‘White space’ is a label indicating a part of the spectrum, which is available for a radiocommunication application (service, system) at a given time in a given geographical area on a non-interfering / non-protected basis with regard to other services with a higher priority on a national basis. Telecommunication Engineering Centre Radio Division 2 The TV White Space gets its name from the fact that it falls in the spectrum range of 470–890 MHz (ITU- Region 3 Frequency Allocations) which is the band allocated mainly for Broadcasting as the primary service. There are different ways in which TVWS can arise at any given location. The amount of spectrum available in the form of TVWS can vary significantly across different locations and will depend on various factors, including: geographical features, the level of interference potential to the incumbent TV broadcasting service, TV coverage objectives and related planning, and television channels utilization. The availability of TVWS can be mainly categorized as;

i)  Frequency: idle channels of a TV band plan in some geographical areas due to interference avoidance techniques like employing guard bands,

ii)  Height: defines the availability of TVWS at a given area in terms of the height of the TVWS transmission site and its antenna height, in relation to surrounding TV broadcasting coverage reception,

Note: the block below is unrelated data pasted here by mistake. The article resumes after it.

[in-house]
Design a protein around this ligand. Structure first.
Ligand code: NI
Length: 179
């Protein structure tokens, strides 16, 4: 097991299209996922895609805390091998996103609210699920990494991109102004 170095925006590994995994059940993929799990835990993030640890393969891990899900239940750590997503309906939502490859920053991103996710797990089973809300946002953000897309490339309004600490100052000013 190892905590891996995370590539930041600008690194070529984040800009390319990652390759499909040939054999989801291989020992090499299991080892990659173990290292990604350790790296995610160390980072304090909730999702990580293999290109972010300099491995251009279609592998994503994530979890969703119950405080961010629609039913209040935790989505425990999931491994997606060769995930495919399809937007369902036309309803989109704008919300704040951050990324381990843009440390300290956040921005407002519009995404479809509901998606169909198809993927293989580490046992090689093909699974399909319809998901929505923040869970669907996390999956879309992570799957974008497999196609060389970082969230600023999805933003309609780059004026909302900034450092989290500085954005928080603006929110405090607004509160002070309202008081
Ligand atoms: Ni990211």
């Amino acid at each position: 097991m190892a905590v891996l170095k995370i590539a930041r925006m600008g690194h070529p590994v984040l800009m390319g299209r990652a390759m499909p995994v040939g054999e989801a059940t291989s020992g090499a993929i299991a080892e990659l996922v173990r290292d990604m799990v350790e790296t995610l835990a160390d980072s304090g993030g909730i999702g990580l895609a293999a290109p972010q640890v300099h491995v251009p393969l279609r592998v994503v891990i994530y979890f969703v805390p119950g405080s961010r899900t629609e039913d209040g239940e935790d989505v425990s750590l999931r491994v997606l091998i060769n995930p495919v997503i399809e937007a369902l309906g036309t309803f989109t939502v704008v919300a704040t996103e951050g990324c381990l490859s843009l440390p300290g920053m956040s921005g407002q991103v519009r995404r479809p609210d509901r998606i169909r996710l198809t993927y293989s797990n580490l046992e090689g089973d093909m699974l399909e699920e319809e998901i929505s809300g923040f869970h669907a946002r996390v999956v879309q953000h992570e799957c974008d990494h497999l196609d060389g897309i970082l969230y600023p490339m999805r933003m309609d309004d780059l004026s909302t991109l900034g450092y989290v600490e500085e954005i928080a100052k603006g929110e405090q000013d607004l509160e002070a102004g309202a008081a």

iii)  Space: geographical areas that are outside the current TV coverage and therefore no broadcasting signal is currently present. Also, those geographical separation areas (planned) between locations using the same TV channels,

iv)  Time domain: a TVWS could become available when a broadcasting emission is off-air; hence the licensed broadcasting transmitter is not using the assigned frequency channel during a specific period of time and so making it available for use as TVWS on non-interference basis.

Need for TVWS

Mentioned below are some of the key points that have led to the need for exploring alternative and more efficient ways of spectrum utilization like TVWS:

1) Growing uptake of data-intensive applications and rapid consumer absorption of novel mobile products. Figure 1 shows the rapidly growing mobile broadband usage in the world. In the presence of band-width bottlenecks, potential regulatory choices for addressing such issue would strive to achieve maximum spectrum efficiency through exploring forms of dynamic spectrum access (i.e. cognitive radio, spectrum aggregation), sound alternatives for spectrum sharing, and forward-looking spectrum planning and refarming (and avoidance of spectrum fragmentation).

2) The low consumer base characteristics of rural and remote regions, along with potentially more challenging geographical features, has contributed to the lack of connectivity in such areas. Reaching these regions by means of fixed-line infrastructure is capital-intensive. A wireless alternative is a more viable choice; especially those alternatives than can achieve large coverage areas with fewer base stations. This is where the TVWS technology comes into picture and can prove to be a better choice for pervasive communication infrastructure in far flung and rural areas.